SMEs can no longer rely on tradfi to meet cross-border needs

SME Publications/ SME XPO 2024

By Laurent Descout, below, Founder and CEO, Neo

There is an increasing demand for payments to be reconciled faster, particularly from SMEs that are conducting more cross-border payments than ever. Here, I explain how new technologies are leading SMEs away from their traditional banking partners towards fintech disruptors.

WHILE cross-border payments have improved for consumers, standards in the B2B market have largely remained the same. Payments are still slow, fees are hidden and tracking is largely non-existent for many firms. SMEs are an underserved part of the market that is increasingly conducting business with suppliers and customers overseas, thanks to digitalisation and the growth of eCommerce. As a result, they particularly struggle when it comes to cross-border payments.

Last year, a borderless payments report from Mastercard highlighted that 77% of SMEs saw above-global-average growth in online sales and over half (51%) are doing more business overseas. Not only that but 58% of SMEs are making more cross-border payments now than before the pandemic and this trend is expected to continue.

Traditional finance firms are finding it increasingly difficult to meet this growing demand, let alone scale to meet an increasingly digitalised global market. This is in part due to the slow and costly processes of working with traditional banks. Unlike global firms, SMEs can’t afford to wait days for payments to land in their bank accounts.

However, new technology is emerging which can offer SMEs secure, speedy payments as well as a full view of their treasury operations. This is levelling the playing field and allowing SMEs to grow and compete globally.

The difficulties of working with tradfi

When working with traditional corporate banks, opening an international bank account is a difficult, long and painful process – and the subsequent transactions can take days. As SMEs continue to expand and do business in different countries, many end up having different accounts for each country or currency, which adds complexity. If a business needs to onboard a supplier in a different market, it can take weeks to get the infrastructure in place. Time and money which SMEs simply can’t afford to lose out on.

When making cross-border payments, banks also don’t just heavily mark up the exchange rate and the FX margin, but they also inflate the overall price, hampering profits. Our research of SMEs with cross-border operations found that this unfair pricing (55%) was their main pain point when working with banks.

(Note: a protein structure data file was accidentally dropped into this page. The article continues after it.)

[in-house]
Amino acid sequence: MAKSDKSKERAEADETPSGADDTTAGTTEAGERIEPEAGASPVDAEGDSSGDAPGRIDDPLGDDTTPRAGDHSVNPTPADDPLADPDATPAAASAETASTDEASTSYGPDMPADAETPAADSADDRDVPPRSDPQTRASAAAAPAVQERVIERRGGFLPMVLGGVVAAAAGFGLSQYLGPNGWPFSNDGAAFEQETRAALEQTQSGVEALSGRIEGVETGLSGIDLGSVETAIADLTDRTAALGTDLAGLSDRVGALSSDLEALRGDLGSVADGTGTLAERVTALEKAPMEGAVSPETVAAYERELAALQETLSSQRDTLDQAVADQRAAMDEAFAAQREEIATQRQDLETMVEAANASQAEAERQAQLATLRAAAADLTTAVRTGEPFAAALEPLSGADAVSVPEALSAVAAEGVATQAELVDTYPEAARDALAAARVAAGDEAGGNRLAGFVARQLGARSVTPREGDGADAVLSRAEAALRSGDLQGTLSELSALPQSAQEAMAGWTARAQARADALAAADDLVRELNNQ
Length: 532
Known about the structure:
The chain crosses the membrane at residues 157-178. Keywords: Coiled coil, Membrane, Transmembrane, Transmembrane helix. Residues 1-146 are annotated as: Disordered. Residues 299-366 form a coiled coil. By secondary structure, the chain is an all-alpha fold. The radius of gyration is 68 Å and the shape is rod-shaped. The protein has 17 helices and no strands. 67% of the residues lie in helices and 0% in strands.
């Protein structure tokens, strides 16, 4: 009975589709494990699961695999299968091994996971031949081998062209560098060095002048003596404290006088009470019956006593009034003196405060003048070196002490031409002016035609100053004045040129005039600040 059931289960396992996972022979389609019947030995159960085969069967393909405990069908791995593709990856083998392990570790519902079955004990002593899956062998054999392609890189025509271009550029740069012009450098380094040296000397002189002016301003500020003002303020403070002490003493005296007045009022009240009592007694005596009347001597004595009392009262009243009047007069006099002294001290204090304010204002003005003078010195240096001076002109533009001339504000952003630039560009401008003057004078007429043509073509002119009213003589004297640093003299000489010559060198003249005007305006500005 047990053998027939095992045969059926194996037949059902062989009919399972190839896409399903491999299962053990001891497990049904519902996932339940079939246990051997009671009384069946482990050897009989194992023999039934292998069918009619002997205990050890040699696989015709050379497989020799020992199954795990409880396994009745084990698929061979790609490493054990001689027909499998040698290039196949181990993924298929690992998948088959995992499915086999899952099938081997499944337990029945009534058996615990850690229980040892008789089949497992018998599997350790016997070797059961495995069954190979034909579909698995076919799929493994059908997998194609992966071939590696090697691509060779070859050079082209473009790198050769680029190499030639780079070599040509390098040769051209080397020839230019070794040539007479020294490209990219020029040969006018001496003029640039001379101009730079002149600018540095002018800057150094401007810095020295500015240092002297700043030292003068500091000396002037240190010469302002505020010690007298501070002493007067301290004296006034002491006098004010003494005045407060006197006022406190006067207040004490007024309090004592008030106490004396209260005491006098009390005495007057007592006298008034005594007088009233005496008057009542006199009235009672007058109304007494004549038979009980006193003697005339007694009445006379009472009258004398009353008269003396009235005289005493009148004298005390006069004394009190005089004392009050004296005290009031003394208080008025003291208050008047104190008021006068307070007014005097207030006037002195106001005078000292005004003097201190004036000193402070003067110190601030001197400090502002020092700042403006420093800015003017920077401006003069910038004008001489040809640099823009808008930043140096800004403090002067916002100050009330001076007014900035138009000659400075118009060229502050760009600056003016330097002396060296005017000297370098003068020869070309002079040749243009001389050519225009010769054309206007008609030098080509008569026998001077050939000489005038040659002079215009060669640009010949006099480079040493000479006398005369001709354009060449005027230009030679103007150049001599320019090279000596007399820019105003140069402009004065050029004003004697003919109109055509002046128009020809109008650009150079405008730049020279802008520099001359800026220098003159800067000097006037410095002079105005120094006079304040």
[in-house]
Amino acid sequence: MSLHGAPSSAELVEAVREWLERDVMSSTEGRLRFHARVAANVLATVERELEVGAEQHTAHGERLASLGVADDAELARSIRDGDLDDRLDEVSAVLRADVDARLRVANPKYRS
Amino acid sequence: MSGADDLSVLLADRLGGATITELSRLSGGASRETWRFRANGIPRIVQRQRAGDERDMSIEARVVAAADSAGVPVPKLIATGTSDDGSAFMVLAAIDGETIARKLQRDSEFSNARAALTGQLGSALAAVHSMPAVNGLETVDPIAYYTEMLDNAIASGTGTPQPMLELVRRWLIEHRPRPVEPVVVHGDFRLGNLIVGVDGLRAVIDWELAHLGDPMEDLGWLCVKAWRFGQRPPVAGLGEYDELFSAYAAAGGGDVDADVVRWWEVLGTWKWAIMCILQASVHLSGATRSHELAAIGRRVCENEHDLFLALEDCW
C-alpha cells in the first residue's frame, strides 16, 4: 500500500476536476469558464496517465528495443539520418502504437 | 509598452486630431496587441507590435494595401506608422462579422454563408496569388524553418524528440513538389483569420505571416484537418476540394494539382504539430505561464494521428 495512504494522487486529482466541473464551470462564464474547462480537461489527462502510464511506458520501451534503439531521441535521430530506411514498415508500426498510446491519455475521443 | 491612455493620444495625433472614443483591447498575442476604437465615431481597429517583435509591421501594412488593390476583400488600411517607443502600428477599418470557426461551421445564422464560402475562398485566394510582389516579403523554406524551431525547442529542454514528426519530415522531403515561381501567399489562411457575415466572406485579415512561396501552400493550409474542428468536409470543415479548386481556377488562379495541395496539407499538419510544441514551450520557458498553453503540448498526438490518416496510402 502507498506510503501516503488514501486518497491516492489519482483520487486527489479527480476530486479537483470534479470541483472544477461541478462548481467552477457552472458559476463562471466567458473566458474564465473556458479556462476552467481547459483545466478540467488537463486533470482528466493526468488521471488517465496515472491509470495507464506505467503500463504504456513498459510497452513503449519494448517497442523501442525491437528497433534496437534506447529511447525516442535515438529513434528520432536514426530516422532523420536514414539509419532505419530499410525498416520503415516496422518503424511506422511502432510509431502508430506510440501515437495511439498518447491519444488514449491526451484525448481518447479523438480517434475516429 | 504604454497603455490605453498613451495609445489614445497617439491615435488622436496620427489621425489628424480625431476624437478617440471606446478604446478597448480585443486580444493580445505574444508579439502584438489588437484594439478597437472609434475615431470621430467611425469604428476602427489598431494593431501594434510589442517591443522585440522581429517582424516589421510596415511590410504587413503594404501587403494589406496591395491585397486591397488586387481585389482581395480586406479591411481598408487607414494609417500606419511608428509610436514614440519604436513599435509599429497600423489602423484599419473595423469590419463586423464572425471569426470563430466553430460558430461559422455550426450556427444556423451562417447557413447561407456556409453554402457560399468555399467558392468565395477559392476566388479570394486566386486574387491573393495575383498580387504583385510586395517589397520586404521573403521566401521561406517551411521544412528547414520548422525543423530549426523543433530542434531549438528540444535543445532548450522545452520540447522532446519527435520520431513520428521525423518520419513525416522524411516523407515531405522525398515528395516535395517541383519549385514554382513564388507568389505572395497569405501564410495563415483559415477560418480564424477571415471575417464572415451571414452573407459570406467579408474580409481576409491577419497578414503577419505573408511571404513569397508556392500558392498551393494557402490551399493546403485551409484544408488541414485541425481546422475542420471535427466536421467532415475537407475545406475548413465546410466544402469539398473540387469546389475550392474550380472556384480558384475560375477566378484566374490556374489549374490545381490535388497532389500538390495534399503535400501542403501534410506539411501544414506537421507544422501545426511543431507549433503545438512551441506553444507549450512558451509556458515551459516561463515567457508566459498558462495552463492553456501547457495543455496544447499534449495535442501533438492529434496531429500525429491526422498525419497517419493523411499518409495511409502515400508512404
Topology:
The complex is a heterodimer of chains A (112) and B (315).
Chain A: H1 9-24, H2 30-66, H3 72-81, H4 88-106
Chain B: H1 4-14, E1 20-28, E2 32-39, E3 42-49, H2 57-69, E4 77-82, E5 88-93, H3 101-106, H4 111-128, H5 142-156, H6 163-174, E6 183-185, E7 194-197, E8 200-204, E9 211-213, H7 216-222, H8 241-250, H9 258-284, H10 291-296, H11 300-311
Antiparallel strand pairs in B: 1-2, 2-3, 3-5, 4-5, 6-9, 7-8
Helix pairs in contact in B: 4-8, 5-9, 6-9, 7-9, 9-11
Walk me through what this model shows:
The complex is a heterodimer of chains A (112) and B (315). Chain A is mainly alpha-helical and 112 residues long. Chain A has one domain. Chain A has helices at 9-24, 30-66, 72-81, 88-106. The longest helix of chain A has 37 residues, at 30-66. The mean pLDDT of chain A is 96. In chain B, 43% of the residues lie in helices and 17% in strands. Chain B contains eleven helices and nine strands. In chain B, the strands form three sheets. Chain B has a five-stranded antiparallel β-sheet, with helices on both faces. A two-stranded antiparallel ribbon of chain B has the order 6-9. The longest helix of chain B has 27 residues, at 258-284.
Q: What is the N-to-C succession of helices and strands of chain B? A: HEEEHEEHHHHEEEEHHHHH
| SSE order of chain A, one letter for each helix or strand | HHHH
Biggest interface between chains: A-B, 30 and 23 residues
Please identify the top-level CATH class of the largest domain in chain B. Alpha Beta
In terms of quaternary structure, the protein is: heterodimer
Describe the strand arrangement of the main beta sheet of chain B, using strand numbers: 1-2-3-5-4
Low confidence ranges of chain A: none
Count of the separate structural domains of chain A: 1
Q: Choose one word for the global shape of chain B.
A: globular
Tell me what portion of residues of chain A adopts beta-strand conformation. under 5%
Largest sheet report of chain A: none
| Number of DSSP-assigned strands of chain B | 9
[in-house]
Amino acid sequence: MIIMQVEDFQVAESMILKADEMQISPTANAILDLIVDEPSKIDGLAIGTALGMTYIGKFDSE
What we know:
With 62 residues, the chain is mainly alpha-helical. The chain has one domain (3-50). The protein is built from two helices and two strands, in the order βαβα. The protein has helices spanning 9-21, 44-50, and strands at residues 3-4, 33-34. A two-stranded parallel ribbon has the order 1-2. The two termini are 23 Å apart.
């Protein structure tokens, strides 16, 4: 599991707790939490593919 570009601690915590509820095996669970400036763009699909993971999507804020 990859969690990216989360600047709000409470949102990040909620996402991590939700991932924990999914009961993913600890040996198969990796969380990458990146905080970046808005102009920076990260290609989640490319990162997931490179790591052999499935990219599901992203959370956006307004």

Worst of all, many banks offer limited and incomplete payment information, making it difficult to reconcile payments. This has led many SMEs to look for new approaches and partners for their international business needs.

How technology is making a difference

Today’s plethora of fintechs offer alternative solutions to payment pain points that traditional banks simply can’t. And more and more are exploring alternatives, our research found that 92% of CFOs and treasurers at SMEs with cross-border operations are having conversations about virtual account solutions.

The emergence of virtual or digital wallets is allowing businesses to make same-day payments. These, in turn, enable businesses to organise their funds and store multiple currencies, ready for making rapid payments or a currency exchange.

For example, using just an International Bank Account Number (IBAN), SMEs can set up an international account with their own multi-currency, allowing them to manage cash flows and view trading data, all in one place.

Fintechs have helped many SMEs address regulatory and political concerns that Brexit had upon payments. By helping SMEs set up EU-based accounts they were able to make cheaper transactions through SEPA and avoid the complex, drawn-out process of directly creating an EU business account.

Another issue for SMEs is that traditional banks are less likely to take on clients who need predominately USD-dominated accounts due to the risk of market volatility. Because digital wallets can support multiple currencies, SMEs whose businesses require the use of dollars over or in addition to euros and pounds can set up these accounts with relative ease and receive and convert various currencies seamlessly.

Not only are cross-border payments being made easier, but digital wallets also provide enhanced security through encryption, multi-factor authentication and real-time fraud detection mechanisms – securing the business’ activity and assuring international customers that their purchase is being conducted safely.

The democratisation of cross-border payments for SMEs 

Traditional banks simply can’t compete with the faster, easier, and more secure service that fintechs provide, and many SMEs are beginning to rethink their traditional banking partnerships as a result.

There is a multitude of companies that can provide SMEs with a single holistic view of the entire payment and cash flow activity through one platform. Opening accounts in hours rather than months, getting up-front transparency on costs, making same-day payments through virtual wallets, and accessing different currency accounts on the same platform.

SMEs no longer need multiple bank accounts in different countries to operate internationally, or to rely on traditional currency conversion methods, which can be extremely costly and time-consuming.

As the need for cross-border payments grows, so too do new fintech advancements that can help SMEs safely, quickly, and successfully expand their business.

SME Publications/ SME XPO 2024